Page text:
Entrepreneurs over 55: it just makes sense
With maturity comes experience, networks and wisdom. These are the right ingredients for kicking off a successful business idea. Seniors are increasingly turning to entrepreneurship as a fulfilling alternative to earning a living. It makes sense for seniors, and for Australia’s economic future.
Ageing (well) is an asset
The blended term or ‘portmanteau’ Seniorpreneur has been used in popular media for a few years now, and refers to budding entrepreneurs over the age of 55, kicking off new business ventures. The concept has evolved due to a growing trend in OECD countries, motivated by changing demographics, longer, healthier lives and the associated economic conditions ahead.
Consider the following quote:
”Longer lives are the most positive development in the last century of human history. They represent the product of greater prosperity, better diet, disease eradication and healthier lifestyles. They offer each of us, on average, 25 extra years of high quality living with new opportunities for productive work, unprecedented leisure, teaching and learning, and fulfilling relationships with family and friends” from the Blueprint For An Ageing Australia, a paper that came about as part of a comprehensive policy review on ageing in Australia.
According to the Australian Bureau of Statistics (ABS) and the Australian Treasury’s 2010 Intergenerational Report, by the year 2041 close to one in four of us will be aged over 65! If this trend continues, it is in Australia’s best interest to support and encourage older Australians to actively participate in our economy. Our future depends on it.
A significant cultural shift of upholding our elders and their wisdom in high regard as leaders and mentors, may very well be on its way back.
Why are seniorpreneurs on the rise?
Apart from living longer, healthier lives, there are a number of other key drivers motivating seniors to consider moving away from being employees ready to retire, to continuing working as entrepreneurs, including:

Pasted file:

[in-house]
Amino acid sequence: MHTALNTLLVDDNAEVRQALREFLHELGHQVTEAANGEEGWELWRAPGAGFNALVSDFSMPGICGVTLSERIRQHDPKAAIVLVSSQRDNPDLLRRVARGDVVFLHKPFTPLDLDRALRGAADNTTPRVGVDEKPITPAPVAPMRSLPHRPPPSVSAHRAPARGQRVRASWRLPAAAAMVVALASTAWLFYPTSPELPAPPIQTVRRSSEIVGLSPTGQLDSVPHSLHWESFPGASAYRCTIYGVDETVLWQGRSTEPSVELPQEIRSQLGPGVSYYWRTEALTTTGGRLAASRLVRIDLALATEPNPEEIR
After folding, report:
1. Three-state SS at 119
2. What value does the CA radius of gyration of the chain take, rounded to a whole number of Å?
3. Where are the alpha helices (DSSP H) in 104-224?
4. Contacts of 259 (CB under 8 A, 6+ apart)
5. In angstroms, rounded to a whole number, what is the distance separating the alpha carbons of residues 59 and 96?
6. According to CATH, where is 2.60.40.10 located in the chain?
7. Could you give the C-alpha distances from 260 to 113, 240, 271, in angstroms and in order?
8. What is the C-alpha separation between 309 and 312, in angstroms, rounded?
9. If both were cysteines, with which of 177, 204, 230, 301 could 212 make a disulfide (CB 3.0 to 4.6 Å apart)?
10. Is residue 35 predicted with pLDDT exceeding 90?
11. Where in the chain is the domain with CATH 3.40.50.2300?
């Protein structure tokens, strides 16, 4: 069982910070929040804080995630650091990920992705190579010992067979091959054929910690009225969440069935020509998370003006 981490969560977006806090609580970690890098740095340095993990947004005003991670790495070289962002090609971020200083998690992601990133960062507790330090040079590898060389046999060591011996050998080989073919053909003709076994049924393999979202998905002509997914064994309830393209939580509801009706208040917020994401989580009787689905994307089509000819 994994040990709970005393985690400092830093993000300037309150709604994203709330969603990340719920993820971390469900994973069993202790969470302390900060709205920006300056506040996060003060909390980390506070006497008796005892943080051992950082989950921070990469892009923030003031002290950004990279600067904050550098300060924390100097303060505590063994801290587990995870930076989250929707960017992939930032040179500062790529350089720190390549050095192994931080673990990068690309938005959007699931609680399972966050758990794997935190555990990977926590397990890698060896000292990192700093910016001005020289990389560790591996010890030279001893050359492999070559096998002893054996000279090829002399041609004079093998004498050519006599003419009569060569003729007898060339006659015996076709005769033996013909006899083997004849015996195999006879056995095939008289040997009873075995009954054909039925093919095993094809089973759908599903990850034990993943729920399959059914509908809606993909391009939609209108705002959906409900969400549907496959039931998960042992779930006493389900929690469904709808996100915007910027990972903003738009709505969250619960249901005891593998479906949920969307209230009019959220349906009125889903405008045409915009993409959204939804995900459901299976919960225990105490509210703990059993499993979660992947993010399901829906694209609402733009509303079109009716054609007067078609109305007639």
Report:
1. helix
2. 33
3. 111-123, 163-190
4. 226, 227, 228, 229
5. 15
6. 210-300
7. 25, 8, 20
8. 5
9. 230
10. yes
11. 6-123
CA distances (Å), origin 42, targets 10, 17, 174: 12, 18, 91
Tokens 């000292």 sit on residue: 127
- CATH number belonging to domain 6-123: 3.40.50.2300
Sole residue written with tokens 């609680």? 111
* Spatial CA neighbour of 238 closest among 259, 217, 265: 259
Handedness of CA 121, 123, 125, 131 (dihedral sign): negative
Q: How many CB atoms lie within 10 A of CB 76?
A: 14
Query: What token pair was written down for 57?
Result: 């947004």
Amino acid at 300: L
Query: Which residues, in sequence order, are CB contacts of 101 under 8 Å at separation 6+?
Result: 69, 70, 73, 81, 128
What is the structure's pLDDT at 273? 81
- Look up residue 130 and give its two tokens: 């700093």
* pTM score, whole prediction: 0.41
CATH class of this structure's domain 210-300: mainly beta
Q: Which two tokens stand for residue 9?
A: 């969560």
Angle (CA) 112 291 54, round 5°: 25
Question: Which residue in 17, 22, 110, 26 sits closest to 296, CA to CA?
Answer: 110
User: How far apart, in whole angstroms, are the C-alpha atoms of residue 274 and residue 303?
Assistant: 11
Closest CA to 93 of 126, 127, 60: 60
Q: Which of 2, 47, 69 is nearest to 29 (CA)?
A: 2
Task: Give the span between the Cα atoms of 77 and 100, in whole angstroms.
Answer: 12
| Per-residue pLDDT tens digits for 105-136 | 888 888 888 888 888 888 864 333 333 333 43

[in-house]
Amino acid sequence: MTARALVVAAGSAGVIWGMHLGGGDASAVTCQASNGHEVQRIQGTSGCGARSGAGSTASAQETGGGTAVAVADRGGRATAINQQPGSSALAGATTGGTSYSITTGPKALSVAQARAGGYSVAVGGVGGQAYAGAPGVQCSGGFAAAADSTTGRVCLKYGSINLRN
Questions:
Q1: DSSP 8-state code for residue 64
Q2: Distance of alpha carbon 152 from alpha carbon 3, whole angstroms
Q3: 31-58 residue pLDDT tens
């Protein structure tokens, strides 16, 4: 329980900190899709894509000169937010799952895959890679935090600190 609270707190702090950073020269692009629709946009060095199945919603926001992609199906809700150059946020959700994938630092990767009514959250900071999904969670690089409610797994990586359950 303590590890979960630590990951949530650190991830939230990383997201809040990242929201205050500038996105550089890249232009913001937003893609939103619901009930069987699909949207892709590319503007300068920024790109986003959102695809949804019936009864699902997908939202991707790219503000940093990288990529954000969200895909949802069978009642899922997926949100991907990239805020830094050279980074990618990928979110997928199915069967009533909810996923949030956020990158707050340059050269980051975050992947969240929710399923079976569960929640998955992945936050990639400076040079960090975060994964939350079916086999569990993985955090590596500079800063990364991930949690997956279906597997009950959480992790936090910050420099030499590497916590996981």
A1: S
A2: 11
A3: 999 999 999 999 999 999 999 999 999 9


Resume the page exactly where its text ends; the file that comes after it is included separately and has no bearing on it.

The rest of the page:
- Employment insecurity and redundancies
- Policy barriers such as rising costs associated with income protection insurances
- Demands of caring for frail parents and helping out with grandchildren
- Less debt, more accrued capital and less reliance on a 40 hour week salary
- Negative economic impacts on superannuation funds over the past decade or more
- A desire to transition from full time hours
- A desire not to retire but continue working and ‘career proof’ their future
- Rising costs associated with health and ageing.
The benefits delivered by maturity and experience
Supporting and encouraging our over 65s to actively participate in the economy delivers many benefits to our communities, both to the seniorpreneurs and our broader economy. Here are just a handful of benefits that Australia could experience as the volume of seniorpreneurs grow:
- Respected mentors for younger generations of workers, passing on knowledge and experience
- Hindsight and lessons learned bringing improved risk management to the business community
- Positive economic contribution in line with consumers experiencing longer, healthier active lifestyles
- Growing superannuation funds, increasing the likelihood of more self-funded retirees at a later age.
Interested in finding out more?
Here are some interesting online research papers and articles about the needs and benefits of increasing senior participation in Australia’s economy:
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